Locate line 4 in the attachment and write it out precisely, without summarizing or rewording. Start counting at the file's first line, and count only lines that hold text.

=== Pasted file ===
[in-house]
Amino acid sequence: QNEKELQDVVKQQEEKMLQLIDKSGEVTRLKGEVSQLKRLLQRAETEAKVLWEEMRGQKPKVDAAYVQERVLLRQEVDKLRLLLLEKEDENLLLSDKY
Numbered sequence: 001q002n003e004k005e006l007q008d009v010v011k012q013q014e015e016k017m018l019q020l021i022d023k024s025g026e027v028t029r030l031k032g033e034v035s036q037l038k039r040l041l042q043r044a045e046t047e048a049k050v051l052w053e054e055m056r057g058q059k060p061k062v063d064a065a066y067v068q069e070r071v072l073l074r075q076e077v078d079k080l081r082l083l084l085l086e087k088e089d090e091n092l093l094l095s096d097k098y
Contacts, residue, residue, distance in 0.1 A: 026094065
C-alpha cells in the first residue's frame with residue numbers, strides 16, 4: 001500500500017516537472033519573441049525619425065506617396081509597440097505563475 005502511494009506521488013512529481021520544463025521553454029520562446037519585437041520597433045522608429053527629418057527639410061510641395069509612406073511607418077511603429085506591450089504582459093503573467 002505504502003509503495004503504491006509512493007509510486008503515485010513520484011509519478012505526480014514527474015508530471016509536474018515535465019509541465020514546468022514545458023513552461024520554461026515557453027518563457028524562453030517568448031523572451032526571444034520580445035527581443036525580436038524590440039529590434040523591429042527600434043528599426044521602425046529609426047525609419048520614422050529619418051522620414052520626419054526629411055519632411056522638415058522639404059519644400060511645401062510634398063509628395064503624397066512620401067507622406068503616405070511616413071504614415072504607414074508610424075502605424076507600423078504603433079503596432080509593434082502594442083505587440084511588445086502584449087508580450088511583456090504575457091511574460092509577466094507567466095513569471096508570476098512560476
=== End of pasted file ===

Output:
Contacts, residue, residue, distance in 0.1 A: 026094065